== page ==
I thought I’d pop in and refer readers to this awesome Los Angeles Times article on the Jahi Turner case, told from the point of view of Jahi’s mother, Tameka.
Tameka was only eighteen years old when her son went missing, and that was eighteen years ago–a lifetime. It took a long time for her to get out of denial and come to terms with the fact that her husband Tieray, her son’s caregiver, was almost certainly responsible for whatever happened to Jahi.
Now that the court case is over with and Tieray has nothing to fear due to double jeopardy rules, I wish he would just fess up to what happened to Jahi. It would at least give Tameka some peace.
I am proud that Tameka has been able to move on with her life and accomplish things after this awful event. She finished out her service in the Navy, is raising another son who’s now seventeen, and works for the University of Maryland.
I find myself wondering about the other teenage mothers of kids who have disappeared. Tanisha Watkins‘s mother was only sixteen when she disappeared. Donel Minor‘s mother was also a teenager. I don’t know what happened to the mothers. I hope they’re doing all right today.
The coronavirus is raging in my part of the world. Local hospitals have warned they’re close to becoming overwhelmed. Four of my father’s 22 students have been sick. Two of my husband’s (it still seems strange to call him that) students as well. He was not told he’d been exposed till six days after the fact. Fortunately he got tested and was negative, but if he had caught it, he could have been spreading the disease around everywhere he went for nearly a week. The lady at the management office who collects our rent has been sick. (I haven’t laid eyes on her for months; I’ve been exercising social distancing by putting the rent in the box on the office door instead.)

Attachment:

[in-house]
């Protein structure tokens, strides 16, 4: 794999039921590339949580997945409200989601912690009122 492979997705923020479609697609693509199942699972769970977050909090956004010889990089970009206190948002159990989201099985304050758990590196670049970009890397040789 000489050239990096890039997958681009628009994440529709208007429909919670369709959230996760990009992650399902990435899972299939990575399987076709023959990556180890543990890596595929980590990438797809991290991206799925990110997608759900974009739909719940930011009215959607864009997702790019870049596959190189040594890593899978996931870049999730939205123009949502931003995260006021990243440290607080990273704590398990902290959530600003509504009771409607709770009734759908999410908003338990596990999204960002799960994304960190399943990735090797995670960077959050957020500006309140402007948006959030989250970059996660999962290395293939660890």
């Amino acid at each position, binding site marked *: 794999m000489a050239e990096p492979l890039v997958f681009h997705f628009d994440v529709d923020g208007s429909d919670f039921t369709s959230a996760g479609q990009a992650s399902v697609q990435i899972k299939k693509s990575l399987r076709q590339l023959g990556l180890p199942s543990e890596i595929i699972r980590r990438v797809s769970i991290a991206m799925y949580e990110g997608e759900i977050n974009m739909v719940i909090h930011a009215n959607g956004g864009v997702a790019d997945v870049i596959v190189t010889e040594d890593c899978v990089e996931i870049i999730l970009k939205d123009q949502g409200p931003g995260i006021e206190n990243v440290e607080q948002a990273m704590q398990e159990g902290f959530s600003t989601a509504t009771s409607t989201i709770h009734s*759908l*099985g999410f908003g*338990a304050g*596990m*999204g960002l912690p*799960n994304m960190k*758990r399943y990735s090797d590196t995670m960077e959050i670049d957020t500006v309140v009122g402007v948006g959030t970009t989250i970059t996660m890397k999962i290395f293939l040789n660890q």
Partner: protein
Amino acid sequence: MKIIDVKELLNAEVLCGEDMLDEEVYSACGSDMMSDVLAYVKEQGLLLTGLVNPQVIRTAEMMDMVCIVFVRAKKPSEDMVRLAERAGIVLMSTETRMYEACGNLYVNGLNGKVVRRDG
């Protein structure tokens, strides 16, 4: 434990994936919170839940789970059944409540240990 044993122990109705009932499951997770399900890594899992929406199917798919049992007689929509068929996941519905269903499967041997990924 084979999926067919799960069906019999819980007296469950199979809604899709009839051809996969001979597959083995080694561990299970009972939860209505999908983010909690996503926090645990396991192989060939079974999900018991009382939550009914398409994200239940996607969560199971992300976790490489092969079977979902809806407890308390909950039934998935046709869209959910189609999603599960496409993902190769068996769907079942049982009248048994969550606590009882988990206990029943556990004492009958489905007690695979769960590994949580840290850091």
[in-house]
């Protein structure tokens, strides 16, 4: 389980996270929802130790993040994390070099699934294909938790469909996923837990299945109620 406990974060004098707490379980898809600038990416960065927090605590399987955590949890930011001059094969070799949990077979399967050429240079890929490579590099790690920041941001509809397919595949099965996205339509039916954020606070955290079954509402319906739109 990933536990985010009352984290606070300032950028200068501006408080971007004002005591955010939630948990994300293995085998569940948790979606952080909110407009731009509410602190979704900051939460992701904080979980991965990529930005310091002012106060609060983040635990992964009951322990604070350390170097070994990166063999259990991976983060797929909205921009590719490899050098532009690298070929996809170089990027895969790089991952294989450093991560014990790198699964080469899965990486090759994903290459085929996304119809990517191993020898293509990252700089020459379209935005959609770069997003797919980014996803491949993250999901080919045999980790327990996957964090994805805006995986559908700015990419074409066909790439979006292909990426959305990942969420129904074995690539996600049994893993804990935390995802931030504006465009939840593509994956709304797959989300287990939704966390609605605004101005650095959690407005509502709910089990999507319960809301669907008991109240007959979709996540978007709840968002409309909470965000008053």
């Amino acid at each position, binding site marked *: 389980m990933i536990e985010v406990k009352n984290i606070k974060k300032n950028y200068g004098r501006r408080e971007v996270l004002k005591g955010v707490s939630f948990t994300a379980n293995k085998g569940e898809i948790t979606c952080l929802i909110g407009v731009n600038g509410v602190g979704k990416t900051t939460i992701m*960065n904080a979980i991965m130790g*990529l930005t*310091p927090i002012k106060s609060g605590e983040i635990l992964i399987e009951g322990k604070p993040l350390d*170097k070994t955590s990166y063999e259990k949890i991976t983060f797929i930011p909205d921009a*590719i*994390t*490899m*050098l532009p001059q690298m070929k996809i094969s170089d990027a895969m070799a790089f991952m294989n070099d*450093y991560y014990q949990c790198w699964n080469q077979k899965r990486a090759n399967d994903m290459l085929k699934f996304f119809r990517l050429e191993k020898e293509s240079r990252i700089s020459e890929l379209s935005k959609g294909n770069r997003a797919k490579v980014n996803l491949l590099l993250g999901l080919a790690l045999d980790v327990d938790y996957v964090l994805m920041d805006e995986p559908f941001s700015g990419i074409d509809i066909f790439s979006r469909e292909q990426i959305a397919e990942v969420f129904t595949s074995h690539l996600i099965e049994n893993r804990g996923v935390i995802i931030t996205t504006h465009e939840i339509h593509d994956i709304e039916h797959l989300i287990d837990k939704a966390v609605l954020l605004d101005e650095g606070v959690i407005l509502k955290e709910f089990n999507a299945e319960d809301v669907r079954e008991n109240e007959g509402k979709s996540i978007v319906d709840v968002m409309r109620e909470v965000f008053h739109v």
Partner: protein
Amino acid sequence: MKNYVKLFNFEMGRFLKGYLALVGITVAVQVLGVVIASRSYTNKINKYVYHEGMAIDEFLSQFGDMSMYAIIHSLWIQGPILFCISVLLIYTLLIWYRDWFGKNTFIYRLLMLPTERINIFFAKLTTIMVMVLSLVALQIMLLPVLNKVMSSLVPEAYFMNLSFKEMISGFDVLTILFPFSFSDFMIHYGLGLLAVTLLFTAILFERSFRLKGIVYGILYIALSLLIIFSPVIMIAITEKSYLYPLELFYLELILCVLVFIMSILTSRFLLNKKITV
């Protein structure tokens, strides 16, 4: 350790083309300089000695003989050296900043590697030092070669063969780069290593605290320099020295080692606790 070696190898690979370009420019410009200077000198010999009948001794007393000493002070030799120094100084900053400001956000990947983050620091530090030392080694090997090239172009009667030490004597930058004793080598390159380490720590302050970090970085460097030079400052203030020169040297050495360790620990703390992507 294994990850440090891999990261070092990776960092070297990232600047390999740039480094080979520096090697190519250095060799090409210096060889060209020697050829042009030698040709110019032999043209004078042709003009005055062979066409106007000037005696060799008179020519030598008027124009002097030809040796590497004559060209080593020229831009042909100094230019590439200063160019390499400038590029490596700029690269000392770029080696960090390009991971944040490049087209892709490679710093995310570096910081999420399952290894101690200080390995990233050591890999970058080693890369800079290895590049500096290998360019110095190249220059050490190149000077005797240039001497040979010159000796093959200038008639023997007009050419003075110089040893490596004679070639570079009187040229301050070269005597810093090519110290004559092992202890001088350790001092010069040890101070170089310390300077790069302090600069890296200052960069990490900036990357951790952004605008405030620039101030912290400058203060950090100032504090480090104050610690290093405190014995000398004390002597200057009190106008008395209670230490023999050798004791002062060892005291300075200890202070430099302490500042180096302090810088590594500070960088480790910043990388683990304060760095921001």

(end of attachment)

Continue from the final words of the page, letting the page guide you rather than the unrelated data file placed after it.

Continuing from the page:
I am appalled that so many people are not even bothering to exercise the most basic precautions. And that, when well over a million people are dead and nearly a quarter-million of them are Americans, when the president himself has had it and his chief of staff has it now, when multiple members of Congress have had it, so many people are still convinced it’s a hoax. I can only think these people must be very misinformed.
Please, wear a mask in public. Wear it so it covers both your mouth AND your nose. Your nose is directly connected to your lungs, and if it the mask isn’t covering it you might as well not be wearing it at all. I know masks are a pain in the butt, I know they’re inconvenient and annoying and make people get acne and their glasses fog up. Wear a mask anyway.
I really don’t want more people to die. Especially you. I don’t want to add your obituary to the online coronavirus memorial I’ve been adding to since April.
I hope everyone is well and their families and friends are well. Michael and I are enjoying these first weeks of married life. We used some of the wedding gift money to buy our first marital furniture, a lovely mid-century modern dresser we snagged for a song on Facebook Marketplace after our el-cheapo pasteboard dresser literally fell apart. We’re trying to decide what we can do to celebrate the dog’s upcoming sixteenth birthday. Probably something involving chicken nuggets.
Please stay safe.